Increasingly popular, "golden visas" offer virtually scrutiny-free EU citizenship for rich outsiders. Critics say EU governments are ignoring the risks to collect quick cash. Teri Schultz reports from Brussels.
If Malta's government records are to be believed, scores of Russian millionaires are building new lives in gas stations and unfinished garages as proud new citizens. Blogger Manuel Delia has tried to drop in on a few of his new compatriots at their official addresses, but they never seem to be "home."
"It's an uncontrolled back door to Europe, and it's institutionalized fraud," Delia told DW, calling Malta's government "addicted" to the seemingly unlimited cash that it can collect from primarily Russian and Chinese businesspeople who would otherwise be barred from the bloc or at least have no other legitimate way to live in it.
And those are the best-scenario cases.
"In theory, there's supposed to be scrutiny; there's supposed to be due diligence," Delia explained. "The law, however, is very clear: If a terrorist comes here, if a criminal comes here, the government has the right to give them a passport. There's no problem with that."
Commission slowly taking stock
When the European Commission (EC) was asked in early March whether it's concerned about the practice, it noted that citizenship is a matter for national governments but underscored that there must be a "genuine link" between applicants and the passport-granting country. Spokesman Christian Wigand said the EC is "closely monitoring" the situation and that an EC report is due out later this year.
As for "genuine ties" to European countries, Delia explained what the process of "becoming Maltese" consists of these days. "They fly in; they're brought by car here," he said. "They're here for 30 minutes just to sign their papers and get their passport and go on to move to Europe. So we cannot check for sure what these people are doing and why they bought a European citizenship."
More than just Malta
Cyprus is another quick path to Europe for the well-heeled, but some of its new citizens are getting serious scrutiny from outside the country, if not inside. Russian oligarch Oleg Deripaska has been linked most recently with the US investigation into President Donald Trump's ties to Russia. It was recently revealed that he's bought himself a Cypriot passport.
A new series of articles by the Organized Crime and Corruption Reporting Project (OCCRP), a consortium of investigative centers and media that also helped expose the Paradise Papers, lays bare how pervasive the programs are. Twenty reporters spent half a year examining the practice in a dozen countries. Jody McPhillips, OCCRP's regional editor, said the research found "it's pretty irresistible" for EU governments. McPhillips explained that Malta went from budget deficit to surplus in two years largely thanks to selling passports. "For a country [that's] generally small, not terribly well-governed that has financial trouble," she said, "this is a game changer."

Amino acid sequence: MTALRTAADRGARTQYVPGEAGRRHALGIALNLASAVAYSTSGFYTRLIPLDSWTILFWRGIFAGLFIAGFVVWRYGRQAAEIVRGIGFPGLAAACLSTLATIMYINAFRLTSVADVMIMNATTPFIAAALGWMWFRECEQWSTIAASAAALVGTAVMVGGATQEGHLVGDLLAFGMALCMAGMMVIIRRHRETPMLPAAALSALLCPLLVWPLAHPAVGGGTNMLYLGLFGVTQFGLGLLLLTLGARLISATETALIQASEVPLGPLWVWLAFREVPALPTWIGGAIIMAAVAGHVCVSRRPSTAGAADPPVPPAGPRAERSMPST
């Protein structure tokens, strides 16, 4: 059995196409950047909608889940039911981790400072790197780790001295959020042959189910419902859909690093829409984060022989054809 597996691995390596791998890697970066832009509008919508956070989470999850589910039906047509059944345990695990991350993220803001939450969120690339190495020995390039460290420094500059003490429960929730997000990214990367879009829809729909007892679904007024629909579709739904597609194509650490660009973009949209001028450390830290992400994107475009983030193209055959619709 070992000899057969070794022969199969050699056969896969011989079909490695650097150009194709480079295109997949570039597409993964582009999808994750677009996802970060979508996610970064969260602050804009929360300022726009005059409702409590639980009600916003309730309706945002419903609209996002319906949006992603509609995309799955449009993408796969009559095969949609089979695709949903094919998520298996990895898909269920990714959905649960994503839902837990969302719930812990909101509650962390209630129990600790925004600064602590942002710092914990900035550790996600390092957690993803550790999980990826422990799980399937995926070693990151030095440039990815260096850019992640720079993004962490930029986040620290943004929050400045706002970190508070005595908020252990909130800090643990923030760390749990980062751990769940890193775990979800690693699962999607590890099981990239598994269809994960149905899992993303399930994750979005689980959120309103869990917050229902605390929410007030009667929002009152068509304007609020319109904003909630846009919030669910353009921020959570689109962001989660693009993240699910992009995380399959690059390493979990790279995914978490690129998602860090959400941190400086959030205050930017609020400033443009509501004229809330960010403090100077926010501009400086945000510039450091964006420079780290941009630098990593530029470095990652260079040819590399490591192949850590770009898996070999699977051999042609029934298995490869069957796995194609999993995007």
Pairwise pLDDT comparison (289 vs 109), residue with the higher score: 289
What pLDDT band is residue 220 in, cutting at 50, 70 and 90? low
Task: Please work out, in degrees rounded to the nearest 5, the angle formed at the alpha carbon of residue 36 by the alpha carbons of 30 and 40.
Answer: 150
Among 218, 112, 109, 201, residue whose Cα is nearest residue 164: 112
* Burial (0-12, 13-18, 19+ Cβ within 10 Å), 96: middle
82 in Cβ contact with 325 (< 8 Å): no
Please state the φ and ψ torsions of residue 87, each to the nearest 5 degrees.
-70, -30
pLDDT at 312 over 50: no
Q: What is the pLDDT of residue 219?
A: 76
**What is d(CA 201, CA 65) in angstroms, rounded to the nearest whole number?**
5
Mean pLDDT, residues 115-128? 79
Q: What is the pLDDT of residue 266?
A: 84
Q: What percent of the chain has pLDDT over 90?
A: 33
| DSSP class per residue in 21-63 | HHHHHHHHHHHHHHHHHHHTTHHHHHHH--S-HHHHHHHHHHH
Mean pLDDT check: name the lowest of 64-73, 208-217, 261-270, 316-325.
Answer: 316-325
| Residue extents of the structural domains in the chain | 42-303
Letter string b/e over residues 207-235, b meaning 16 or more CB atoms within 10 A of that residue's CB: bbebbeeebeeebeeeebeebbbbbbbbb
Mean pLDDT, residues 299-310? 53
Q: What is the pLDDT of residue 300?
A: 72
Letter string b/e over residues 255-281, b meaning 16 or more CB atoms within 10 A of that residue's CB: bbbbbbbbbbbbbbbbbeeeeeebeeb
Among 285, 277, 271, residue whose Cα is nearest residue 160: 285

It's not always clear whose game is getting the change, however. Miklós Ligeti, head of legal affairs at Transparency International Hungary explained how this works in Budapest. The visas are sold through "bond packages," he said, which raised €192 million ($237 million) over the roughly four years the program was run, before it was suspended. However, Ligeti said, it's not the government itself selling the bonds and it's completely unclear where all that money went.
"These intermediary organizations generate the revenues at the expense of Hungarian taxpayers' money," Ligeti said. "But on top of that, this is an invitation to individuals whose assets are coming from unknown resources to launder that potentially ill-gotten money into Hungary's, and potentially Europe's, capital markets."
Maltese blogger Manuel Delia says his government has "institutionalized fraud" with its passports-for-sale scheme.
With all the migration- and terrorism-related concern about who's getting into the EU's Schengen system of visa-free travel, Global Witness's Rachel Owens said she's appalled authorities seem to be unconcerned about this avenue. "The cousin of the Syrian dictator [Bashar al-Assad] was able to get access to an EU passport despite being on the US sanctions list," Owens said. "The EU's core values of security and freedom are at risk through these schemes." She said European citizens would be shocked to find out who's moving in down the road, and how they got there.
Global Witness has presented a list of recommendations to the EC demanding more checks on applicants and their money in this billion-dollar industry. "You can't just throw your hands up and say it's not within your purview," Owens said.
Manuel Delia said the security aspect, while critical, is not his biggest complaint. He's disturbed that EU governments willingly hand over passports to Chinese, Russian or Middle Eastern millionaires while rejecting people facing serious threats — including in those countries. "That's a reason to give citizenship to someone coming in but we don't," Delia said. "We give citizenship on the basis of affordability."
At the same time, Delia fears it is only a security problem that could possibly change governments' behavior. "Let's allow for the possibility that a terrorist obtains a passport and commits a heinous crime somewhere in the EU," he said, "enabled by the fact that he has a Maltese passport."
Even then, he said, he's not sure Valletta would stop selling its popular export.